Answering a question ‘Where do carpets come from’ is like answering the analogical question ‘Where do babies come from’. ‘They just are’ doesn’t seem to make for a satisfying answer, especially for a demanding inquirer. At the same time we would hate to make the answer too intricate and revealing. Though there are some matters that need to be investigated into, some, on the other hand should be left in the thin air of mystery. So without further ado, if you yearn to know how our Turkish Ghiordes Rugs or Contemporary Deco Rugs were made, we’ll try to satisfy your curiosity, but not to unveil everything, you know…
An artisan handweaving Kashmiri carpets, Ali Shah Carpets, Srinagar, Kashmir, Jammu and Kashmir State, India.
According to the information placed on The Carpet And Rug Institute, Dalton, Georgia, the beginnings of the carpet industry in the United States of America date back to 1791, when the first woven carpet mill was placed by William Sprague in Philadelphia.
All right, but this is for America, what about the rest of the world? It is assumed that woven form of floor covering was popular as long ago as in the Neolithic Age (7000 BC). Enza Milanesi’ The Little Brown Guide to Carpets’ brings forward the two conquering theories of the carpets’ origin. The first says that the thickly knotted carpets were to serve strictly practical purpose as to keep the cold out for people and their animals living in nomadic groups, the second one argues for the artistic purpose of carpets, which are said to arise from the need of the rich to embellish their dwelling places.
Our Antique Sultanabad Rugs fulfill the decorative function without a trace of doubt, and as for their cold-proof properties, you better try them yourselves, you’re gonna be astounded.
The Oldest Rug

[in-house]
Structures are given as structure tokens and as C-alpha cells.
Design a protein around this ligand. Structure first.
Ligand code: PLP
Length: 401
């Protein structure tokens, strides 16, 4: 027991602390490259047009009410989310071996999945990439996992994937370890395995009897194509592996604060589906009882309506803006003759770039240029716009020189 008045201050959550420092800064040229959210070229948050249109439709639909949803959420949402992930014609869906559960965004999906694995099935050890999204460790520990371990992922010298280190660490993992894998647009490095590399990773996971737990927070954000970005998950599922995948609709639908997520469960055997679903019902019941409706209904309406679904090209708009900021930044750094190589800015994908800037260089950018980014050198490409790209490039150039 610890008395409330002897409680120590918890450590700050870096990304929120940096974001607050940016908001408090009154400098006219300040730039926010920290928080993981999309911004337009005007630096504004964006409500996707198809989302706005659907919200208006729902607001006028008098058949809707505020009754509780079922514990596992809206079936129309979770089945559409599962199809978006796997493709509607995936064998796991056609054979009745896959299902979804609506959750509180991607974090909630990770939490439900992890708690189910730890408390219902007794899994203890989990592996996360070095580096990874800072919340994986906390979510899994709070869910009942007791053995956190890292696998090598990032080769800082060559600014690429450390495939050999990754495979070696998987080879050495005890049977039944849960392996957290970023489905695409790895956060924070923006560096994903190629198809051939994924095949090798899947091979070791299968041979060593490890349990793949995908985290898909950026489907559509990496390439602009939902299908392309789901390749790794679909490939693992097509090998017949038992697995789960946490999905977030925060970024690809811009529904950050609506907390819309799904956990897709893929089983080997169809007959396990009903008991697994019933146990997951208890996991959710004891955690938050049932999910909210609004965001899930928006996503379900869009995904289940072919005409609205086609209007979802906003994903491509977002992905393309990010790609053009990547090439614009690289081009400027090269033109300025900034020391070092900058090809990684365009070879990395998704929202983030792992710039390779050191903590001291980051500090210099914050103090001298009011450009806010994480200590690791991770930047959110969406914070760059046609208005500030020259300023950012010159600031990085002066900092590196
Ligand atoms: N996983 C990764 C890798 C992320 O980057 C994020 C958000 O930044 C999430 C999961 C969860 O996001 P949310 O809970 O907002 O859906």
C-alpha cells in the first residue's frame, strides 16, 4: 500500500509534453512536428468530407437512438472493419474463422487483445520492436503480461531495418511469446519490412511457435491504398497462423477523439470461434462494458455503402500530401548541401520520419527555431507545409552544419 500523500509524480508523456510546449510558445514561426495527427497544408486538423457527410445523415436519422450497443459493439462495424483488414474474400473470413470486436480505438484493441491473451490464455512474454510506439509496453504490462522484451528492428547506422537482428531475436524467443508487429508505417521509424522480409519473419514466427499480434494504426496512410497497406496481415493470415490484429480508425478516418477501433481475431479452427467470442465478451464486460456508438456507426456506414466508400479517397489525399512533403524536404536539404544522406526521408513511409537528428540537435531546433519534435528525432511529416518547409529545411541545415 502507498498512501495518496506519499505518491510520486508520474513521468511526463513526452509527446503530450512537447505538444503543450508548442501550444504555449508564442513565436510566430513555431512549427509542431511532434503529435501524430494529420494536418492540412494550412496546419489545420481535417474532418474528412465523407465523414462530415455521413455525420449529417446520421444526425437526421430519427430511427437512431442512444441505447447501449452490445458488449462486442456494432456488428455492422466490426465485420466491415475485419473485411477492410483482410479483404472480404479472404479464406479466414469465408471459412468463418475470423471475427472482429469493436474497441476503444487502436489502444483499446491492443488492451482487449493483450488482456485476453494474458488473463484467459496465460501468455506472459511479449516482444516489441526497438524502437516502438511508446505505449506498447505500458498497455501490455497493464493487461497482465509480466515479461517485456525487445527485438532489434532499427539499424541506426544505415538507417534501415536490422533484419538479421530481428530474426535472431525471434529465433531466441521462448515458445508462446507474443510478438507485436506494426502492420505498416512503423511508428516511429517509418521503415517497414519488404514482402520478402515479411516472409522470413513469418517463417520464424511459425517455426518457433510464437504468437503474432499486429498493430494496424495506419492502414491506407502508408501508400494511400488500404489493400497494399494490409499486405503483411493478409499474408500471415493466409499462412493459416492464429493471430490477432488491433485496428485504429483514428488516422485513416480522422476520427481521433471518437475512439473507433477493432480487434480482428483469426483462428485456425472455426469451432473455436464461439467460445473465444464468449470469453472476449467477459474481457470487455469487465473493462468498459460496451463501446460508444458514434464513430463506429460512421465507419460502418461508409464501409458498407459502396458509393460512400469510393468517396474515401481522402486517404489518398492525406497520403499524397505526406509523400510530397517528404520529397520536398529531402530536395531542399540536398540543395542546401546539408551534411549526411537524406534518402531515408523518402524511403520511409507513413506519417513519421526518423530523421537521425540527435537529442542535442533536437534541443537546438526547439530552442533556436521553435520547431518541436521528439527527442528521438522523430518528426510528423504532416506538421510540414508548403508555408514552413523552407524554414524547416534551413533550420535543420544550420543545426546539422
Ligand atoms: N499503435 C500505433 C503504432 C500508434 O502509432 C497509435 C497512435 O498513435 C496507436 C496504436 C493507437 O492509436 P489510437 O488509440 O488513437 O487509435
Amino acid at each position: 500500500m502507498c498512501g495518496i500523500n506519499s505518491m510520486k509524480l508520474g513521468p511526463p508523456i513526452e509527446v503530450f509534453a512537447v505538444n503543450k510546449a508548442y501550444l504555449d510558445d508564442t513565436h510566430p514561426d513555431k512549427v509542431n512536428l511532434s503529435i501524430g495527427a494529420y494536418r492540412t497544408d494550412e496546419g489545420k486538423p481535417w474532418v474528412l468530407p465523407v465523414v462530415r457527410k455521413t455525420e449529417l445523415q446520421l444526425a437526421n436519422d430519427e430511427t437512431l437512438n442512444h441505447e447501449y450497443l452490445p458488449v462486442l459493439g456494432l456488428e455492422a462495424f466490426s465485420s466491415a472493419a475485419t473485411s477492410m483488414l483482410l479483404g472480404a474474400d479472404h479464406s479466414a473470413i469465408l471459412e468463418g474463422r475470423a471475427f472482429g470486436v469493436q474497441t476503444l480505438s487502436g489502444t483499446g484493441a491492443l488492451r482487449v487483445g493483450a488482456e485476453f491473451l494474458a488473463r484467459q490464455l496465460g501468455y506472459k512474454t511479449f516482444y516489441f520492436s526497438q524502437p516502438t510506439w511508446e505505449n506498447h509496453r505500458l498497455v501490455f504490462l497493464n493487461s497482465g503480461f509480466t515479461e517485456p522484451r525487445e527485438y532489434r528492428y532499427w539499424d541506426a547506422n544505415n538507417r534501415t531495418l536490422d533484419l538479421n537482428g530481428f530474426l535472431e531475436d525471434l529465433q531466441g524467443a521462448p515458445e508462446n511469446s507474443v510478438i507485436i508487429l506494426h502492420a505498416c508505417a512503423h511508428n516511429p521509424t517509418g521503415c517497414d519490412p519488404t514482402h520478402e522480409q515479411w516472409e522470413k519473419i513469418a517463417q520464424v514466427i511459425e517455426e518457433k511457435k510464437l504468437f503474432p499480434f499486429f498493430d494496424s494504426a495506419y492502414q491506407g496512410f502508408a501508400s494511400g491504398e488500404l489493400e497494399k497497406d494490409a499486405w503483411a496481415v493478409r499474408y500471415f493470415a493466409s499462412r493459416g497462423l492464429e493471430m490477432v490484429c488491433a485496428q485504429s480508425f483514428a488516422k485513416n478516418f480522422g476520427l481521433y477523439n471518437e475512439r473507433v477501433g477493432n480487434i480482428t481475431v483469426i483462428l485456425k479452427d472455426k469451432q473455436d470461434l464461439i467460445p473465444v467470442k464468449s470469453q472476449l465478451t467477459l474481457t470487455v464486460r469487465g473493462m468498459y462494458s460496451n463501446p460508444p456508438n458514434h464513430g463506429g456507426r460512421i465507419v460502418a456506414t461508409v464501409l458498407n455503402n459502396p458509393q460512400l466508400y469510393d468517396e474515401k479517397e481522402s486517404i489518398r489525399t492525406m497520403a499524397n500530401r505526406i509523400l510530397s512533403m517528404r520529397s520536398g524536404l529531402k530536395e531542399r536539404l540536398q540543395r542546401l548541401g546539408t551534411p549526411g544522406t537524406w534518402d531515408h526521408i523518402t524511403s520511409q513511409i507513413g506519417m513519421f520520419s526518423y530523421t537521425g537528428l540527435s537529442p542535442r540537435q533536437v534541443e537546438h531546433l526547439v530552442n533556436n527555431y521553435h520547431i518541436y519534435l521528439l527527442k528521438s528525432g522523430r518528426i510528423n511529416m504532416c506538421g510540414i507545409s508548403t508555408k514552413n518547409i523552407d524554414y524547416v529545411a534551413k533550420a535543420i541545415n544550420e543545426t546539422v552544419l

The Pazyryk Carpet is stated to be the oldest existing carpet in the world. It was unearthed during the archeological digs in the area of Siberia’s Ukok Plateau in 1920’s. Presently it is being housed at St. Petersburg’s Hermitage Museum. Its knot density goes up to 360 000 knots per square foot! The museum’s website description of this antique rug is as follows: “Its decoration is rich and varied: the central field is occupied by 24 cross-shaped figures, each of which consists of four stylized lotus buds. This composition is framed by a border of griffins, followed by a border of twenty-four fallow deer. The widest border contains representations of workhorses and men.” The Pazyryk was a nomadic tribe associated with Scythians, who inhabited the area over two thousand years ago, but the origin of the oldest carpet couldn’t be unambiguously ascribed to them, as the area in that era was located on the ‘crossroads’ of active trade routes from China to Persia and the sophistication of the form and the details of the carpet would point to a higher organized society than a nomadic tribe.
How are they made?
This one is a great question. There are basically two methods – a traditional one, based on human handwork and the modern one using the automated jacquard knitting machines. The traditional method is more time- and work- consuming but the outcome of this work is extremely valuable, delicate and stylish.
The unique genuine pattern is forger-proof and difficult to accomplish by the machine.
The Navajo Loom
Meanwhile at the great carpet factories the looms are comparable in size to an airy living room while the bunker with thousands of spools can be even 3-4 times bigger than that! The pattern is often computer-programmed.
An enormous jacquard-weaving machine at work
A common weaving technique is called face-to-face weaving as it is based on weaving two carpets simultaneously ‘facing’ each other with the same set of threads, which when the work is done look like the exact mirror reflection of one another.
What are they made from?
The last thing to discuss is the material, of which the carpet is composed. The major distinction is between animal-originating materials and artificial materials. The former are basically wool and silk – the carpets made of these are most in demand but also the most pricey, while the latter – in part polyesters and acrylic fibers make up the most fluffy and shaggy carpets, but some flatveaves as well.
Our comfy and stylish Tibetan Wool Carpet
Unbelievably soft wool shag is just perfect for a master bedroom. Just imagine your first and last steps of a day walking barefoot on this pure indulgence.
Kusuma Rajaiah, an Indian man, has developed a new, harmless for the silk worms, technique for producing silk.
A pure beauty – our Silk Samarkand (Khotan) Vintage rug.
A European Silk Table Carpet